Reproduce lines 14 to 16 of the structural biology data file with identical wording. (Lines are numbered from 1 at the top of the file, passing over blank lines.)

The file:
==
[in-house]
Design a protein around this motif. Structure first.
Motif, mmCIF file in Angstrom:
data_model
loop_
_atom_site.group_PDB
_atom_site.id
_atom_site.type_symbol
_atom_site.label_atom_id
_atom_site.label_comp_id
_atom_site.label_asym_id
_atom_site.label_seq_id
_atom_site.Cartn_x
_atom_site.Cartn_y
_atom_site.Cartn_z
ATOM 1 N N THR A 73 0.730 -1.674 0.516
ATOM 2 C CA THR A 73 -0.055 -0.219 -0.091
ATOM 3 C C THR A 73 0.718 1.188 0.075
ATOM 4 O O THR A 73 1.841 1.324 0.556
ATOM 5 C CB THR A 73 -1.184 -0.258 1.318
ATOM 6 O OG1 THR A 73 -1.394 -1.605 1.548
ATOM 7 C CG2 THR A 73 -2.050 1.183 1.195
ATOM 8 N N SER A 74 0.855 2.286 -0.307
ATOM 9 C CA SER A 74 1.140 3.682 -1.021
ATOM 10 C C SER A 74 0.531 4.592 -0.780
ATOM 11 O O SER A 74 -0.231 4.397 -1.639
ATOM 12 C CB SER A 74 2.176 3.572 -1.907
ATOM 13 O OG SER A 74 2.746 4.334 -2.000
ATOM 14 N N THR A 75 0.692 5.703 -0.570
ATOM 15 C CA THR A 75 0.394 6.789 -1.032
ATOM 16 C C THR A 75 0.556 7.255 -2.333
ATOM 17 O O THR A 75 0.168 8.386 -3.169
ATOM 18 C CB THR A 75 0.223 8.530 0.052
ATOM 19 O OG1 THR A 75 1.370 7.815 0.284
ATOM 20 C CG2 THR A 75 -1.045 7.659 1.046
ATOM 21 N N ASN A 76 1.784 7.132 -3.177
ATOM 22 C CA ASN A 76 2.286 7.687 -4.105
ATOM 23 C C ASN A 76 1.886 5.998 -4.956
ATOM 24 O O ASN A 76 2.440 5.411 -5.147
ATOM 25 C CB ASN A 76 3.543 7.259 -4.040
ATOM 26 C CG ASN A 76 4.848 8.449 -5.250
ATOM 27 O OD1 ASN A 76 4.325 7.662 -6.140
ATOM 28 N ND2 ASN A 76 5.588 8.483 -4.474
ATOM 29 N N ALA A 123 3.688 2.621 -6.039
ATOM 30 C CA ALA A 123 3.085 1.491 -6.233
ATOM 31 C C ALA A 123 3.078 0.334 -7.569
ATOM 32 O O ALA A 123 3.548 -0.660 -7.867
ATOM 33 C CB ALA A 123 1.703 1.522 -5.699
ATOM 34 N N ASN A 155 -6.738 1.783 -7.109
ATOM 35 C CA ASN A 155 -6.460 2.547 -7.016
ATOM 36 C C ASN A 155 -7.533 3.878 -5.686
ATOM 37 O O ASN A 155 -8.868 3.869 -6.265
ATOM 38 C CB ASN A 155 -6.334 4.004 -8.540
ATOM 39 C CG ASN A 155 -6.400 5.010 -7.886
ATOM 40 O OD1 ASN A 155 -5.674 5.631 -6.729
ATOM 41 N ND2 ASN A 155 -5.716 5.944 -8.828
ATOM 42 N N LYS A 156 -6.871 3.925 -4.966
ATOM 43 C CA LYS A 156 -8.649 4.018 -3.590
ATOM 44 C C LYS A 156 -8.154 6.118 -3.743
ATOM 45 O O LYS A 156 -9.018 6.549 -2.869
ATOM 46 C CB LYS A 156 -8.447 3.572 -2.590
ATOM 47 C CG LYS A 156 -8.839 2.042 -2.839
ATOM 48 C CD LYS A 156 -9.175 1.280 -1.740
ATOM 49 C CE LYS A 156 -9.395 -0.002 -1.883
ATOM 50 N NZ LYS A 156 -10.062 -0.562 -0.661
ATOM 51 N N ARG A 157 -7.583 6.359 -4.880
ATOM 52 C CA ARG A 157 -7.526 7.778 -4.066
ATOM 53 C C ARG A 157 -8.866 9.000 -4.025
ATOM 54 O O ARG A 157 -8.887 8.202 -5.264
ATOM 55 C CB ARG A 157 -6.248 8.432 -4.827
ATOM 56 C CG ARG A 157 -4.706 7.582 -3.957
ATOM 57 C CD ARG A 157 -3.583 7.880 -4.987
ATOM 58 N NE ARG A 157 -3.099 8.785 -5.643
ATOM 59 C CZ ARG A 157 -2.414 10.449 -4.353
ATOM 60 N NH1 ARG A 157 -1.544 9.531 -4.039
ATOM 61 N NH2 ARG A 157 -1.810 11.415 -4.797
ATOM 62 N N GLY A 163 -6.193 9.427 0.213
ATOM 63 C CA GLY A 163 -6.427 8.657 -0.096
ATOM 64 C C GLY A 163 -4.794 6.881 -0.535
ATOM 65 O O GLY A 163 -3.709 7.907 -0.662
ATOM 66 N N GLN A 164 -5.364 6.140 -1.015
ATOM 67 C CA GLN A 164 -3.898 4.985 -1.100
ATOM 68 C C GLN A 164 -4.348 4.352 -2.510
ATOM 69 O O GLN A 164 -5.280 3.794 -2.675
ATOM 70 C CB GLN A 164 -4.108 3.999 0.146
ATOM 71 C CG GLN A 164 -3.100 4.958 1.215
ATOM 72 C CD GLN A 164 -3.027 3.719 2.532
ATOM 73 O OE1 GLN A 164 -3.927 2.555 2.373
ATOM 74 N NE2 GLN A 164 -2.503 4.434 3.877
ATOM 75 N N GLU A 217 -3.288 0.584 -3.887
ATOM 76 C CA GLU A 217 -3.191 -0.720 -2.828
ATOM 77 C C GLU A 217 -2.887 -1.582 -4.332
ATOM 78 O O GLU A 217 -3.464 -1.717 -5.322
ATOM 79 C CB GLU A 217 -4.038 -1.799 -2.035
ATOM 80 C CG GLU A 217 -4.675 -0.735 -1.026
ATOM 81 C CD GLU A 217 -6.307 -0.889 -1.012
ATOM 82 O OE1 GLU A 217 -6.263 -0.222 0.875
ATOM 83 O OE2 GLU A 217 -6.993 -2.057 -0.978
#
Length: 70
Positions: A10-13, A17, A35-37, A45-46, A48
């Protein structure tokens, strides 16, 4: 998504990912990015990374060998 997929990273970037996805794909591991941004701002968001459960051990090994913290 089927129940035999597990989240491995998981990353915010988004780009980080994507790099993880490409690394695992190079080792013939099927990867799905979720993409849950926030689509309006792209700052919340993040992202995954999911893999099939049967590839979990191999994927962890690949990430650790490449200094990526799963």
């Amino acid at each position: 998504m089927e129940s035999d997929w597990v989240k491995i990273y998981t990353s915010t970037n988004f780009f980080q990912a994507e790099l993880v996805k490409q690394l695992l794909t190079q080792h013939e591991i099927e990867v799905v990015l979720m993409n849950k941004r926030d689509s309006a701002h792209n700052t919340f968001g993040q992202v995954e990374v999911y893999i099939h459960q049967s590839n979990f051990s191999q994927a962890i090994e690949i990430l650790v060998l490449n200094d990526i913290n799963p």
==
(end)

_atom_site.Cartn_y
_atom_site.Cartn_z
ATOM 1 N N THR A 73 0.730 -1.674 0.516